After a short warm up swim I made my way to the invisible start line making sure I was close to the front as I like to have a bit of clear water in front of me. I was actually quite surprised to find so much space at the start with a couple of tight groups a few metres either side of me and again I was very relaxed even finding some amazement with one of the canoeing marshals struggling to get the large groups of athletes to stay behind the line for the start. There was no countdown today just the sound of a hooter that began the “washing machine of lake Taupo”. I jumped into a 200m TT effort straight away making sure I stayed clear of any others from the beginning, knowing that after the first 200m I would be able to settle into a group of similar speed swimmers. Doing exactly what I had planned 200m later I was surprised to feel a little uncomfortable and claustrophobic swimming in the pack, struggling to breathe properly and feeling a little tight chested. I had heard about this but had never experienced it before. Lucky I had heard about it because I knew what to do straight away, I swam out of the pack a little and found myself some clear water, still keeping my pace. Sure enough, 50m of clear water and I was fine again. Deciding to give the pack another go I slowly started to make my way back to the group of swimmers next to me. This time I knew what to expect and kept myself at the hip of the outside swimmer. I was really starting to enjoy this swim.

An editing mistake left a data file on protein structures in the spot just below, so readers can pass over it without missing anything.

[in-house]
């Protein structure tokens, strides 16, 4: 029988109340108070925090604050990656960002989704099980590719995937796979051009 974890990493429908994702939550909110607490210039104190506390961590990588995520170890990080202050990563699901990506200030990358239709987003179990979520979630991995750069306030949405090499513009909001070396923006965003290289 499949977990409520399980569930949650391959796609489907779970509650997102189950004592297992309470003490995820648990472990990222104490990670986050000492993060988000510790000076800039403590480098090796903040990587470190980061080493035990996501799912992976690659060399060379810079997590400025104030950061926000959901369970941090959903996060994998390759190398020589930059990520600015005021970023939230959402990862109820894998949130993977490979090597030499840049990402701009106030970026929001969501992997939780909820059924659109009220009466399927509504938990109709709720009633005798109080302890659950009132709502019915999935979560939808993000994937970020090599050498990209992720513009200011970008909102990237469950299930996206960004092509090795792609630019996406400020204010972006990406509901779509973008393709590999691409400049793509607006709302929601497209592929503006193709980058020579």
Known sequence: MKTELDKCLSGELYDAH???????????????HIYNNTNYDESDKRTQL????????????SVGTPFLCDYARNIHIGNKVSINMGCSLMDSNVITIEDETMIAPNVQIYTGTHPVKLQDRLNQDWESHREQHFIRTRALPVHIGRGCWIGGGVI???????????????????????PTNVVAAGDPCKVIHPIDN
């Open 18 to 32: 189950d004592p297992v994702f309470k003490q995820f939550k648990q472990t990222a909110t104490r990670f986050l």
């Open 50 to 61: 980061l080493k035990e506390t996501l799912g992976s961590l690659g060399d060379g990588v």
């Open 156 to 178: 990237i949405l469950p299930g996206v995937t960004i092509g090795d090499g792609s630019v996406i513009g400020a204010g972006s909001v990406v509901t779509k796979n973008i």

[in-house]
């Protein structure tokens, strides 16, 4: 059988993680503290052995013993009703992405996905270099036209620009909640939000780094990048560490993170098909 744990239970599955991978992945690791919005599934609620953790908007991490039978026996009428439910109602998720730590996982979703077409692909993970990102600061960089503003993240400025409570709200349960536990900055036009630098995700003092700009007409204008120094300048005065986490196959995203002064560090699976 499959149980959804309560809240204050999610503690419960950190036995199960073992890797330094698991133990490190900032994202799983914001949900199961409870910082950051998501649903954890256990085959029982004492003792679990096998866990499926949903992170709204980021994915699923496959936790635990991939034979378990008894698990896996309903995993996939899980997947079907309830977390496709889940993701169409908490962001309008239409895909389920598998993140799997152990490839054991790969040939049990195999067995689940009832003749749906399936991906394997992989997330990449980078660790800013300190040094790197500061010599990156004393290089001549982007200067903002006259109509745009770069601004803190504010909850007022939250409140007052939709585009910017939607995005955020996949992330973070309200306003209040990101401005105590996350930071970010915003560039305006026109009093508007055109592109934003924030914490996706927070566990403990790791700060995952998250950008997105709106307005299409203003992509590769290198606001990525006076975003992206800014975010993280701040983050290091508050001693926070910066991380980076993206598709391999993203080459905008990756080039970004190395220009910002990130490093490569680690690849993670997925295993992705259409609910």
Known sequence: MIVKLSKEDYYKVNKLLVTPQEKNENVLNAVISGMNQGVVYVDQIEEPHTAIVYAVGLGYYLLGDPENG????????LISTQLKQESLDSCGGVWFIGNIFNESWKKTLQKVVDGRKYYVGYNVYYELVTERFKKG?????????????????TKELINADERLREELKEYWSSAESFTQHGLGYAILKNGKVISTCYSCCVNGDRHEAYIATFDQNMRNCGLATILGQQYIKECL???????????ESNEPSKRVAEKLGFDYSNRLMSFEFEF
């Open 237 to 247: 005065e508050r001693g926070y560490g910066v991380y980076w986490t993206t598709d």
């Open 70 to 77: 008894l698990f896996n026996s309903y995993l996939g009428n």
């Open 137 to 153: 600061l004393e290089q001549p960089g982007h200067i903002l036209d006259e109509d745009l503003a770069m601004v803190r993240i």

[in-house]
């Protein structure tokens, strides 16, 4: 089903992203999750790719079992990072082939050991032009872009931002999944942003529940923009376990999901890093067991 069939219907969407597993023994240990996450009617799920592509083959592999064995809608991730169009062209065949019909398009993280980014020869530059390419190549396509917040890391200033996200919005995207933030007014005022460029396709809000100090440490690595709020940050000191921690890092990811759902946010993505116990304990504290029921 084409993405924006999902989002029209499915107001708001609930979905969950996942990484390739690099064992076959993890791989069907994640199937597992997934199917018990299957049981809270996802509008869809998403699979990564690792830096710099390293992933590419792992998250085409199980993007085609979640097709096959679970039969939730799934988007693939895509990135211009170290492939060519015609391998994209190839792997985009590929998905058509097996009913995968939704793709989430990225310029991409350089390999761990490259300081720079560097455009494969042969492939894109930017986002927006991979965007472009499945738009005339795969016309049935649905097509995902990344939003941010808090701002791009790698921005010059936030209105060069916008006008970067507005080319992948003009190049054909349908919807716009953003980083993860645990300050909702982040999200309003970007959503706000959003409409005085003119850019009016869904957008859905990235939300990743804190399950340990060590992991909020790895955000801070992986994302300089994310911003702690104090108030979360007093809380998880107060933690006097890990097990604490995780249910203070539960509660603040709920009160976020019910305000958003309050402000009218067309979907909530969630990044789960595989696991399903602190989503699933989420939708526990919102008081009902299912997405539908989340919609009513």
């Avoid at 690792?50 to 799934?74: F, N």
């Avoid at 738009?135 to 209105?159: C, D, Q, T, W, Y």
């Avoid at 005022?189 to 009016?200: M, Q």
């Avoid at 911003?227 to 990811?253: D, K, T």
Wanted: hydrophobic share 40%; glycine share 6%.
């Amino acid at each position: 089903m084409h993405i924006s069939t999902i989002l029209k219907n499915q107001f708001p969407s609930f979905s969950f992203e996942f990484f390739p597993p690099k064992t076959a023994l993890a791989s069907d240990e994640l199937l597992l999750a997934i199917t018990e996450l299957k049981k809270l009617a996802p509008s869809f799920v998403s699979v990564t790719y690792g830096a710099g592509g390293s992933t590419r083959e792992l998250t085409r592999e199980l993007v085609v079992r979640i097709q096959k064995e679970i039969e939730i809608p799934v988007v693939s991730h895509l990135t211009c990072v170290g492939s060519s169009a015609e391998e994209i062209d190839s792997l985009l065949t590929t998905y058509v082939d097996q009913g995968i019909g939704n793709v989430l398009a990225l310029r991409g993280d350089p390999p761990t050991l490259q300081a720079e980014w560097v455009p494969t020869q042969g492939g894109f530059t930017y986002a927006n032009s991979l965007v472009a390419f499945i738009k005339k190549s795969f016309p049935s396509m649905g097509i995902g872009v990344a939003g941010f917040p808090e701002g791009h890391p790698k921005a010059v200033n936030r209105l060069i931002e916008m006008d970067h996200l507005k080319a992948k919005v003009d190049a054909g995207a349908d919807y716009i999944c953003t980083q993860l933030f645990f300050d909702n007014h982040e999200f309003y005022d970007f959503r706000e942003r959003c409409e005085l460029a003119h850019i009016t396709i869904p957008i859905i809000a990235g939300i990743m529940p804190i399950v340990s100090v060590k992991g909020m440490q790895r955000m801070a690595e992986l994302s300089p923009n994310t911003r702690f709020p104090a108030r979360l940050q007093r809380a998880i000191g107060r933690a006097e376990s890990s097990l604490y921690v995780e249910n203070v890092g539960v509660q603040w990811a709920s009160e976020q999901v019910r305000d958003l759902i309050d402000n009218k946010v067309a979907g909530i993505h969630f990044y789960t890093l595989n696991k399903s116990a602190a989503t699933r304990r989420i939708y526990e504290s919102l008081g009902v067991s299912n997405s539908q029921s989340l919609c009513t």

It was made even cooler at the turn around as there were some divers lurking under the buoys, looking up at us and waving. This I had definitely never seen before but a cool little touch! On our way back I started to get really comfortable, lengthening my stroke and putting more power in each time I started to leapfrog swimmers in the bunch. The comment I had made to Duane a few weeks earlier kept playing in my head “I am going to own the swim bro!!” Our last turn buoy saw us heading for the shore line with a crowd of over 100 strong watching the exit. Feeling good I started to put in a little extra kick. This wasn’t just for speed but also to get blood back to the legs ready for the running into transition. A minute later we were emerging from the water like sea creatures about to attack Tokyo from the old movies.